What Happens to Your Body When You’re Overstressed
The stress can easily be manifested when someone experiences a mental or emotional pressure for a longer period of time. This form of pressure is called distress, and is considered to be a harmful psychological state that can damage both the mind as well as the body.
It is not uncommon to say that too much stress could kill you. This sole fact, if combined with the near universal presence of stress in our day to day lives, does not add up to something good for the individual and the health of the public.
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http://passionistvolunteers.org/2015/05/the-manchester-infirmary-and-bro-mike-a-story-87-years-in-the-making/ Just take into consideration some of these alarming statistics:
- 73% of the people regularly experience psychological issues due to the stress
- 77% of the people regularly experience physical issues due to the stress
- 48% of people cannot fall asleep at night because of stress
- 48% of people blame the stress for the negative impact on their professional and personal life
- 33% of the people claim that they are living under a great deal of stress
The human body is comprised out of exactly 78 organs, all of which being divided into 13 major organ system. From all these organs, five are considered to be vital – the heart, the brain, kidneys, lungs and liver.
And why do we care to mention this? Because the stress has an impact on all of them, especially the vital organs! This is why in this article today we are going to go a little deeper into this subject and talk about how stress can affect these organ systems, and of course, we will provide you with some effective ways of managing stress and maintaining the health of the body, mind, and all the organs!
- http://silverspoonthaiandsushi.com/home/feed Cardiovascular system – the cardiovascular system consists from the heart and the blood vessels and putting too much stress on it can be life threatening. According to recent findings, this is the lead cause of death for both men and women nowadays. The present stress, combined with excess smoking or alcohol will increase your risk of a cardiovascular disease. So make sure you destress yourself and cut the consumption of anything that might be bad for you.
- Nervous system – the central part of our nervous system are the brain and the spinal cord combined. The beginning, the ending of stress, and everything in between, starts from the brain. The stress initiates the fight or flight response and releases the stress hormones that spread throughout the entire body, making the heart beat faster, the respiration to increase rapidly, even the blood vessels in the arms dilate. The chronic stress is no good for the brain.
- Respiratory system – lungs, nose, larynx, pharynx, bronchi and trachea form the respiratory system. When the brain causes one to breathe harder, it sometimes comes to the point of hyperventilation. This is when the panic attack is happening – the sudden feeling of acute and disabling anxiety, which is a common medical condition to people who are constantly fighting with stress.
- Musculoskeletal system – all the bones, joints and muscles make up for the musculoskeletal system. The chronis stress is causing out entire body to tense up, and be in a state of guardedness, which lead to chronic painful conditions.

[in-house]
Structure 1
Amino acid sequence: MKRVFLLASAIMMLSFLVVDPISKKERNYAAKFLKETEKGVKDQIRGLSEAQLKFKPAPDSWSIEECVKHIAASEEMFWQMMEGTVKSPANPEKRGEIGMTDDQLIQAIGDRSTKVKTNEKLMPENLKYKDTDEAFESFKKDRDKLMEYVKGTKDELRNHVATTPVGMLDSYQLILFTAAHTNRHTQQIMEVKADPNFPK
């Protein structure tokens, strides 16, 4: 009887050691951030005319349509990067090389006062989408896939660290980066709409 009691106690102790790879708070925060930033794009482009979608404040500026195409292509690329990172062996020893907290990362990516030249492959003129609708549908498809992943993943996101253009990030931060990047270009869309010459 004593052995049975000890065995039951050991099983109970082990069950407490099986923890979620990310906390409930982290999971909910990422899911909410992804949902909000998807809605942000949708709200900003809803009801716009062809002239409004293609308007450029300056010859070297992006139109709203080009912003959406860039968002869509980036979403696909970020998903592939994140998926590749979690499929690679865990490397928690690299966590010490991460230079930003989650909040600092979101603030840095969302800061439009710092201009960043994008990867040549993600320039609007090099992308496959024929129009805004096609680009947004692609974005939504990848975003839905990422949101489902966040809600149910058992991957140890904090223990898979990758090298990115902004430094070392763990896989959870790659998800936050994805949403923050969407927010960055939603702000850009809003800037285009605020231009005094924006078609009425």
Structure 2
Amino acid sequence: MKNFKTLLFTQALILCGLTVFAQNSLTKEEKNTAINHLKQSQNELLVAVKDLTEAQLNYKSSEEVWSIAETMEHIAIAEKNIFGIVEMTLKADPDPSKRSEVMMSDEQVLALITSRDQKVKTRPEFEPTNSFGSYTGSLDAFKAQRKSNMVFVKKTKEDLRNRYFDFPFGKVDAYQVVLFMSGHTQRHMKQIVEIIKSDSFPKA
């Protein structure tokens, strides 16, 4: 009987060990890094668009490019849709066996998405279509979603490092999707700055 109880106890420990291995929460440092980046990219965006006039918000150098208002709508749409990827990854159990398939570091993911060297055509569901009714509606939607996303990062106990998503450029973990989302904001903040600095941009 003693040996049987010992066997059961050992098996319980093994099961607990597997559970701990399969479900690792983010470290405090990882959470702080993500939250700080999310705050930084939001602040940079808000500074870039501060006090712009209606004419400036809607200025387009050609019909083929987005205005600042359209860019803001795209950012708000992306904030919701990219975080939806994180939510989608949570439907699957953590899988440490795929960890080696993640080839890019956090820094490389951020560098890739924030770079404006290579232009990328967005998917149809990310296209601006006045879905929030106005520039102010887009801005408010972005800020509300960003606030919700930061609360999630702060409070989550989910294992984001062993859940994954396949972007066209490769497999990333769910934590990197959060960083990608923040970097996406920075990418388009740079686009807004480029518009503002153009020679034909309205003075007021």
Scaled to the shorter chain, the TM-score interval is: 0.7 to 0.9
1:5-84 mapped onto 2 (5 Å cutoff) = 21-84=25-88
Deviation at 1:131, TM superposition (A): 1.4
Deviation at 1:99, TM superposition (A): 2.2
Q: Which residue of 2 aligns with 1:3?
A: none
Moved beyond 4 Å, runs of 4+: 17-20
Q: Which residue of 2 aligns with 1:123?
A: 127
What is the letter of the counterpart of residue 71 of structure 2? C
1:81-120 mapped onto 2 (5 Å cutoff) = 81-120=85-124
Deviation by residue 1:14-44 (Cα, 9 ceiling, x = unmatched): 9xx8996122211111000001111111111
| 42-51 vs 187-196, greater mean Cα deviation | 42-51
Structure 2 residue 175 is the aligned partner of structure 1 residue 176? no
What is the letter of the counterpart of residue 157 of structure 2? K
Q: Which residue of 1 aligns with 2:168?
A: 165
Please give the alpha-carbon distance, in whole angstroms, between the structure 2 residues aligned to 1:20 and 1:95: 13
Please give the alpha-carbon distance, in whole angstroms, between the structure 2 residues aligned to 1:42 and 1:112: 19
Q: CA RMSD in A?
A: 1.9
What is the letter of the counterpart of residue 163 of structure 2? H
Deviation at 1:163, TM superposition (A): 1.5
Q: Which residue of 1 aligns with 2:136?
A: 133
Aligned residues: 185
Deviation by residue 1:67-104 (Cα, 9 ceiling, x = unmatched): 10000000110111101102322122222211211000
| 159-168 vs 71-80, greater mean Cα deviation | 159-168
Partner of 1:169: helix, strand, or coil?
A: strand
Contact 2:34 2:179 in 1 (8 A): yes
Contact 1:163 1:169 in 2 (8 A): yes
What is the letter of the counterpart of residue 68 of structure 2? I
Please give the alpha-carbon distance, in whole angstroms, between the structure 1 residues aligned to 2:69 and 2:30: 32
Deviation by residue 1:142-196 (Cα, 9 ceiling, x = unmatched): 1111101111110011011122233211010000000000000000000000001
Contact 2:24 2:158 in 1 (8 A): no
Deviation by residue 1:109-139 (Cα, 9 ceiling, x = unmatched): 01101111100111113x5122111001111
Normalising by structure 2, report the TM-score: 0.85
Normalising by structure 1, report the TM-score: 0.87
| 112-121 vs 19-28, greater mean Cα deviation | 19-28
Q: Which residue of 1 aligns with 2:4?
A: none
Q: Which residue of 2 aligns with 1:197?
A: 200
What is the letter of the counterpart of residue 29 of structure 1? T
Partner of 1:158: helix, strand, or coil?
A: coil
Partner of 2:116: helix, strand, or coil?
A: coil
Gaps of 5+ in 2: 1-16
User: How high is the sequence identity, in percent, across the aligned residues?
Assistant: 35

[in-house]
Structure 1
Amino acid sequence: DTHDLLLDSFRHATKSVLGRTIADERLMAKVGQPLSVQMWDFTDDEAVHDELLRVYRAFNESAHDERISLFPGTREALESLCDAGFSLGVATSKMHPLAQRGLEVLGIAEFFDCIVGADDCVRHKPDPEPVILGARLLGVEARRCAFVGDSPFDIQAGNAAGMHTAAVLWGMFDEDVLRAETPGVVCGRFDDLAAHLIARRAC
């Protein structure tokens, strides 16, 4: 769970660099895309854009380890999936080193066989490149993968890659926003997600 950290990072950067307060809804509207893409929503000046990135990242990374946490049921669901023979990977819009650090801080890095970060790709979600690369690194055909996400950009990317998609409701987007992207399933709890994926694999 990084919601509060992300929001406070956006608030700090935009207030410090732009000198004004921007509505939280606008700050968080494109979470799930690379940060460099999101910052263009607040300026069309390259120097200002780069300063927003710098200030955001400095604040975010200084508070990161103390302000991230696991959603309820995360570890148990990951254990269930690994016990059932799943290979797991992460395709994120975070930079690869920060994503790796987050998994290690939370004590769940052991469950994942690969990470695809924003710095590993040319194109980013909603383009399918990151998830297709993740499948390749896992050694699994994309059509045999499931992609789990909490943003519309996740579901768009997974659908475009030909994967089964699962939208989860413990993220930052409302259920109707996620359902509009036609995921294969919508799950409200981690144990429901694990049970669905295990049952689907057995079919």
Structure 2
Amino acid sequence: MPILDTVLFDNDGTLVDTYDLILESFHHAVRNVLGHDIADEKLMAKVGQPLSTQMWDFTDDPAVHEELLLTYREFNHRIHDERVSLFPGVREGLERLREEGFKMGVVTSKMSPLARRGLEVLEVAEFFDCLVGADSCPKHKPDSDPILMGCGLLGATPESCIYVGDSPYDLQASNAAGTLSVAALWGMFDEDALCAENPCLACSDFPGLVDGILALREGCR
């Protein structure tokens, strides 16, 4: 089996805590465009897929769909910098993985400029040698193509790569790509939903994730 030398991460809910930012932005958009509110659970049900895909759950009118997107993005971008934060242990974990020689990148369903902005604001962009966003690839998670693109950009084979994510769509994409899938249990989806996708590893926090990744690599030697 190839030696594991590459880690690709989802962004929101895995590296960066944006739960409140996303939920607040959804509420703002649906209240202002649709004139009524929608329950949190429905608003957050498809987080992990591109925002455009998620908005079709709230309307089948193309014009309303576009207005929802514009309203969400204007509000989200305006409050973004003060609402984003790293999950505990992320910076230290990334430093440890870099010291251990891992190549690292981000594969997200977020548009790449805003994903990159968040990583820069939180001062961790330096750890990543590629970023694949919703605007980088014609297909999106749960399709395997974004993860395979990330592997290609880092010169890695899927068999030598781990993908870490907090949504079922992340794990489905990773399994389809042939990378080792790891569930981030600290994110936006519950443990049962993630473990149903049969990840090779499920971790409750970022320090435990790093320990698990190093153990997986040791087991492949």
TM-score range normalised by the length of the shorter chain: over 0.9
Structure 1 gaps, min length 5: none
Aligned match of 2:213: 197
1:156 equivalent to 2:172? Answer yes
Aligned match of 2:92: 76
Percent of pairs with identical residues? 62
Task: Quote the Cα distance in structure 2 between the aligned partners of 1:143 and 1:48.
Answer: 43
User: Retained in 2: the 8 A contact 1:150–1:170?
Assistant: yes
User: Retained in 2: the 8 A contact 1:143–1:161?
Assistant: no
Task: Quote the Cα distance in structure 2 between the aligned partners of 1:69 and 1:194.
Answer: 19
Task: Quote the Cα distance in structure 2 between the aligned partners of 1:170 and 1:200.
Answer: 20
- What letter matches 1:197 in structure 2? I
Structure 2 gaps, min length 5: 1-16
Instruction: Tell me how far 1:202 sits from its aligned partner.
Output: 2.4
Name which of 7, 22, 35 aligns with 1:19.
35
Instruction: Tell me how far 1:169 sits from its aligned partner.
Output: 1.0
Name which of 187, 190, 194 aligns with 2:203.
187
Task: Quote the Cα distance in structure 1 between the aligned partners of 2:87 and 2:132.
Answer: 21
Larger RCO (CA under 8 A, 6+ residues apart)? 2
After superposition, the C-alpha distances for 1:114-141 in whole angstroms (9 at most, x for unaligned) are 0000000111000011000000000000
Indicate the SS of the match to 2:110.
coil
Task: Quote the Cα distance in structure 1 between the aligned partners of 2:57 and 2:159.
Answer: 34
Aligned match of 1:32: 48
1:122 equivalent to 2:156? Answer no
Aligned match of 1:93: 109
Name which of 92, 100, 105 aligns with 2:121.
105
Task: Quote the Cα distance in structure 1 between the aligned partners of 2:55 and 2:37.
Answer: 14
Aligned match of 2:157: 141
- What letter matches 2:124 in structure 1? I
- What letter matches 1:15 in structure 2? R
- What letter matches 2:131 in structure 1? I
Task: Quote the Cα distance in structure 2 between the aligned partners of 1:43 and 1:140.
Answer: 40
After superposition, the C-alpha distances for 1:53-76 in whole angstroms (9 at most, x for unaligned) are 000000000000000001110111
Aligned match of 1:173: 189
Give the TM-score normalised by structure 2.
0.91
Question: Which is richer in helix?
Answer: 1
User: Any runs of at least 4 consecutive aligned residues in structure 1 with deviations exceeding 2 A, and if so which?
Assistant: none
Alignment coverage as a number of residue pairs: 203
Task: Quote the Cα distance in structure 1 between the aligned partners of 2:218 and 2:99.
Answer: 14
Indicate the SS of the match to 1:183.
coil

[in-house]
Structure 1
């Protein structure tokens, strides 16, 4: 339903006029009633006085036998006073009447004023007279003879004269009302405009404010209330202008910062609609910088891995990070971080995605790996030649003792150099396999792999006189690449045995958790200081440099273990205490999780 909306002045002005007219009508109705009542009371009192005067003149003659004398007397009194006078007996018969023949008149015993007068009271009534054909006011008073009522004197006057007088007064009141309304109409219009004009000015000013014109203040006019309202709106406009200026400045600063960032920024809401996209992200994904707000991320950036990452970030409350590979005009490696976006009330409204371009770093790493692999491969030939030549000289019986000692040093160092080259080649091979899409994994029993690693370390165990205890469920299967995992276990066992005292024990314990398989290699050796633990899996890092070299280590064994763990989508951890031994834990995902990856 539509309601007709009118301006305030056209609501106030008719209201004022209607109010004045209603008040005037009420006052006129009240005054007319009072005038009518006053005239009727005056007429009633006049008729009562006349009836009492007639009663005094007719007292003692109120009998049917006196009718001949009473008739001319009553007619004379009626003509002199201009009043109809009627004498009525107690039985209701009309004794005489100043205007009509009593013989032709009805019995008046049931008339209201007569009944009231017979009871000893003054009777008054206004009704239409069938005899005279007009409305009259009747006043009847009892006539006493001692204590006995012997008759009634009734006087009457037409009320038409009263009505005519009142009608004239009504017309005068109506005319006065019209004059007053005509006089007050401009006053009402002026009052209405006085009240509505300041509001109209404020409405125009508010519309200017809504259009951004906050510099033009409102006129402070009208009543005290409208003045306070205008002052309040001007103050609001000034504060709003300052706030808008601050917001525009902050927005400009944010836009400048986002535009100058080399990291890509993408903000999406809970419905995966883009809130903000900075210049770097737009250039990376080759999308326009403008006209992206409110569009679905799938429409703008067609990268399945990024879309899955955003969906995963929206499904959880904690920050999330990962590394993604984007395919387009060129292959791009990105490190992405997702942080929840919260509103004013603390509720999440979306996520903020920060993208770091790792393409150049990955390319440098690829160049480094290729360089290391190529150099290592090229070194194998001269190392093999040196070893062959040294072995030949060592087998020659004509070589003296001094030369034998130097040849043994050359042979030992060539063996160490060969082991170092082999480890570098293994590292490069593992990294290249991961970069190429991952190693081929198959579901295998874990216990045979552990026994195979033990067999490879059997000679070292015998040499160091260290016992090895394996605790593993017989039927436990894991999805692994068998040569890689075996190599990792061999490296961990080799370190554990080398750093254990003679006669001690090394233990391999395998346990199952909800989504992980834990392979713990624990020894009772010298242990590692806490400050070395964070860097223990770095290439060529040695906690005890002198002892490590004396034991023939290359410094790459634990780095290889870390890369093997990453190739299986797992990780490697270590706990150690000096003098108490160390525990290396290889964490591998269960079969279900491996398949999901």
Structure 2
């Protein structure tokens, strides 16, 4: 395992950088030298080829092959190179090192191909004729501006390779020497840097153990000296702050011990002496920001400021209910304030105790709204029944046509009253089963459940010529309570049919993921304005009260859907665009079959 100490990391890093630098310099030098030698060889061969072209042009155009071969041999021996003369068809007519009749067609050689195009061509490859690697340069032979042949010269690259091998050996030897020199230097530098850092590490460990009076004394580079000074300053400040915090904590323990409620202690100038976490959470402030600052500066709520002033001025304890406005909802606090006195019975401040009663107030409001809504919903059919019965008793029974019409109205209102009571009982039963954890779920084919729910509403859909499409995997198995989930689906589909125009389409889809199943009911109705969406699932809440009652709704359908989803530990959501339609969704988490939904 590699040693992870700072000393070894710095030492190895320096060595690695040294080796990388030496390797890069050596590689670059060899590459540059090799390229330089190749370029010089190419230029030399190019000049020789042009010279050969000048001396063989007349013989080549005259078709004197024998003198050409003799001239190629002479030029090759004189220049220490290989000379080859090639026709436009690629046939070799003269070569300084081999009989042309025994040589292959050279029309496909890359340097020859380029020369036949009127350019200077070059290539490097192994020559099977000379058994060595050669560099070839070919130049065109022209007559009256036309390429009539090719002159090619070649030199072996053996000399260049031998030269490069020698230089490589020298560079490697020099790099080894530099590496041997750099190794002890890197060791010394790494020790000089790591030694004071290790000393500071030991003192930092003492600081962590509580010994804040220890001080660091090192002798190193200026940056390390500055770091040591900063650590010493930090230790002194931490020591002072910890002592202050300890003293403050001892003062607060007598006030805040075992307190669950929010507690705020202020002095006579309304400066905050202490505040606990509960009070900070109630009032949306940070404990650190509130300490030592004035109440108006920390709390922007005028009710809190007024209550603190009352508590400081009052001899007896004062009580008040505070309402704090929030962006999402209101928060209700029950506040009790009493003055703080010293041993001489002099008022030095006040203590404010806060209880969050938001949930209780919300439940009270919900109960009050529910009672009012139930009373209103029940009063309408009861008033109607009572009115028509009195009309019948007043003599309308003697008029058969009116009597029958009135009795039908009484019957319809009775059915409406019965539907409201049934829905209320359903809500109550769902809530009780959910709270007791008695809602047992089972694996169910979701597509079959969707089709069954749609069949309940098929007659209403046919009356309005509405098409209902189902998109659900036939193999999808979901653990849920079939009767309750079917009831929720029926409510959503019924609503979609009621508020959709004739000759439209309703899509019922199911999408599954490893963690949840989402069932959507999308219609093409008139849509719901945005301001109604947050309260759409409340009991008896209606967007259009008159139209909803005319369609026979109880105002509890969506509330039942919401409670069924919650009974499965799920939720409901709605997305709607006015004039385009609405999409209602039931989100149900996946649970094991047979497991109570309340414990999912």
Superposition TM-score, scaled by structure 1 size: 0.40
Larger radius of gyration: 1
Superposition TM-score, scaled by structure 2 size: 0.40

- Reproductive system – with both men and women, the reproductive system is influenced by the nervous system. During a constant period of stress, the brain releases cortisol which ultimately disrupts the normal functioning of the anatomic reproductive components.
- Endocrine system – once again, when the brain releases the stress hormone, the body’s awareness is hightened, and in these cases, managing the levels of stress in the body can lead to high blood sugar levels and ultimately diabetes.
- Integumentary system – this system includes the nails, skin and hair. This system plays an important role in maintaining the equilibrium of the body, including sensory reception, biochemical synthesis, absorption of nutrients, temperature regulation and so on. For this system to work optimally, the other systems must also be maintained. The stress disrupts this system which leads to skin inelassticity, destabilization of glandular functions, disrupted tissue restoration, decreased blood flow to the skin.
- Digestive system – you all know the organs in this system – the esophagus, stomach, intestine, gallbladder, pancreas, appendix and rectum. Consuming more food, especially unhealthy food can cause heartburn or acid reflux – common problem with people who are dealing with a lot of stress. This can increase the sensitivity of the stomach, leading to a lot of pain, ulcers, and other conditions.
But how to combat stress? There are several ways for you to improve your overall lifestyle and successfully combat stress – here they are:
- Make some lifestyle changes – the positive changes are a must if you want to reuce the stress in your life. Consume a well balanced diet, exercise regularly, and avoid excess use of caffeine, alcohol and smoking.
- Use some relaxation methods – try some meditation, acupuncture, deep breathing, muscle relaxation, biofeedback and massage therapy.
- Finally, try some herbal remedies – these include trying aromatherapy, valerian (herb with sedative qualities), and use of the root kava (reduces anxiety and stress).